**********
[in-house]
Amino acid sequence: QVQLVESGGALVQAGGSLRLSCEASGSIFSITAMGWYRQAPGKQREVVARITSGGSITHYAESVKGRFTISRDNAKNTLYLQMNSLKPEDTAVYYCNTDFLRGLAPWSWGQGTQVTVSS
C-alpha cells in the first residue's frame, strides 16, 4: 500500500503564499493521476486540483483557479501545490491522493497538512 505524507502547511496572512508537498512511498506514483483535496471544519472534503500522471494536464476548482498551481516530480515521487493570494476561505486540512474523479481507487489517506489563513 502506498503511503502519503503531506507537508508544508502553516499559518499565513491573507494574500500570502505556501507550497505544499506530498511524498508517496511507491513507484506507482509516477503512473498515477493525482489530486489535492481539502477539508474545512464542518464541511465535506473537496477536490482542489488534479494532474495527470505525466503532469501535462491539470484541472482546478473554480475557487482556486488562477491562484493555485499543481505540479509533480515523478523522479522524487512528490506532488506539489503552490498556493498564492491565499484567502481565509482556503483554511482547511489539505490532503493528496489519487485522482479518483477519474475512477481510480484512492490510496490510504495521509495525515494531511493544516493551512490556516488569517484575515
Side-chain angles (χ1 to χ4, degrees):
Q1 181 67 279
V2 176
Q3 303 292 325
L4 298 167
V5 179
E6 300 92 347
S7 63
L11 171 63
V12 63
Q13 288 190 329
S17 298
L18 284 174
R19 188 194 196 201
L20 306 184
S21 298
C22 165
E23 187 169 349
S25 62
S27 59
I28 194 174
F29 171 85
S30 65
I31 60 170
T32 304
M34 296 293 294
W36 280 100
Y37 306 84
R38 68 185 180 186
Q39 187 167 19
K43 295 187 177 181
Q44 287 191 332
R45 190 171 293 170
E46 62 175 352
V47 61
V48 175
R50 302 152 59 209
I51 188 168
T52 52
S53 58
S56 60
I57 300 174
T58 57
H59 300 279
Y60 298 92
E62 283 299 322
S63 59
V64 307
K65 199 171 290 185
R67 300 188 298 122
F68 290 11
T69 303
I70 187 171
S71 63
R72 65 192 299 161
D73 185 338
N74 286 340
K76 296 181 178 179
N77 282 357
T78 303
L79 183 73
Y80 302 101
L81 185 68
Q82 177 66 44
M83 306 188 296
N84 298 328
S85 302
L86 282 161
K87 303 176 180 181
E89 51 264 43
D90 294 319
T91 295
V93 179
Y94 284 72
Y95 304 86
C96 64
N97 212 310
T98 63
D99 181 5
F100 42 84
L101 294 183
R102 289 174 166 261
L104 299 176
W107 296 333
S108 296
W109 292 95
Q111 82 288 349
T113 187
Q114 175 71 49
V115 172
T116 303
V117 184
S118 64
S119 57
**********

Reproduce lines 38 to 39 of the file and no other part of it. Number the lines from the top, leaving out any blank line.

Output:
V47 61
V48 175